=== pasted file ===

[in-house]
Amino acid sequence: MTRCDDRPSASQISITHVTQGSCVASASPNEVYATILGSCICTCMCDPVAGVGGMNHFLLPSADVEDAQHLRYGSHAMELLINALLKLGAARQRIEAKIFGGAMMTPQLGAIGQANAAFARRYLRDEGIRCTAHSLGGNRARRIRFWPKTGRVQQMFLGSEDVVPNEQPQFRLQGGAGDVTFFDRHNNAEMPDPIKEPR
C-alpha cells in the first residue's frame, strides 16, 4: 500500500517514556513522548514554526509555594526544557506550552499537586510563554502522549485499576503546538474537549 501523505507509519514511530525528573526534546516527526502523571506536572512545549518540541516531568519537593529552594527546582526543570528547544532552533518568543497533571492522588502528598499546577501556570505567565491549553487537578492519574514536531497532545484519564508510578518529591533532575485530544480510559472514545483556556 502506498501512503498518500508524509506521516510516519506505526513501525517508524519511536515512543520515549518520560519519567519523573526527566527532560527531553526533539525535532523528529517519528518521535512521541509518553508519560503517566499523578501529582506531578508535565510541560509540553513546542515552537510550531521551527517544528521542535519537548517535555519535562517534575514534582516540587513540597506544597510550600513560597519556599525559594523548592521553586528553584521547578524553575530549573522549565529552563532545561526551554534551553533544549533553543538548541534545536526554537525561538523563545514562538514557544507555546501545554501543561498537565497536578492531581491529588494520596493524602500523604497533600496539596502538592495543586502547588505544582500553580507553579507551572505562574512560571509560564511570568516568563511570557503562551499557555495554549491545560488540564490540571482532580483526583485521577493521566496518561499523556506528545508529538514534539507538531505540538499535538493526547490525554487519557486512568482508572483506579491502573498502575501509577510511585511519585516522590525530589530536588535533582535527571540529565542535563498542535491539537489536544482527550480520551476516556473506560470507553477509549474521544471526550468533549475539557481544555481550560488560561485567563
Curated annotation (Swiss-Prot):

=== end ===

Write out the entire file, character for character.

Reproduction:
[in-house]
Amino acid sequence: MTRCDDRPSASQISITHVTQGSCVASASPNEVYATILGSCICTCMCDPVAGVGGMNHFLLPSADVEDAQHLRYGSHAMELLINALLKLGAARQRIEAKIFGGAMMTPQLGAIGQANAAFARRYLRDEGIRCTAHSLGGNRARRIRFWPKTGRVQQMFLGSEDVVPNEQPQFRLQGGAGDVTFFDRHNNAEMPDPIKEPR
C-alpha cells in the first residue's frame, strides 16, 4: 500500500517514556513522548514554526509555594526544557506550552499537586510563554502522549485499576503546538474537549 501523505507509519514511530525528573526534546516527526502523571506536572512545549518540541516531568519537593529552594527546582526543570528547544532552533518568543497533571492522588502528598499546577501556570505567565491549553487537578492519574514536531497532545484519564508510578518529591533532575485530544480510559472514545483556556 502506498501512503498518500508524509506521516510516519506505526513501525517508524519511536515512543520515549518520560519519567519523573526527566527532560527531553526533539525535532523528529517519528518521535512521541509518553508519560503517566499523578501529582506531578508535565510541560509540553513546542515552537510550531521551527517544528521542535519537548517535555519535562517534575514534582516540587513540597506544597510550600513560597519556599525559594523548592521553586528553584521547578524553575530549573522549565529552563532545561526551554534551553533544549533553543538548541534545536526554537525561538523563545514562538514557544507555546501545554501543561498537565497536578492531581491529588494520596493524602500523604497533600496539596502538592495543586502547588505544582500553580507553579507551572505562574512560571509560564511570568516568563511570557503562551499557555495554549491545560488540564490540571482532580483526583485521577493521566496518561499523556506528545508529538514534539507538531505540538499535538493526547490525554487519557486512568482508572483506579491502573498502575501509577510511585511519585516522590525530589530536588535533582535527571540529565542535563498542535491539537489536544482527550480520551476516556473506560470507553477509549474521544471526550468533549475539557481544555481550560488560561485567563
Curated annotation (Swiss-Prot):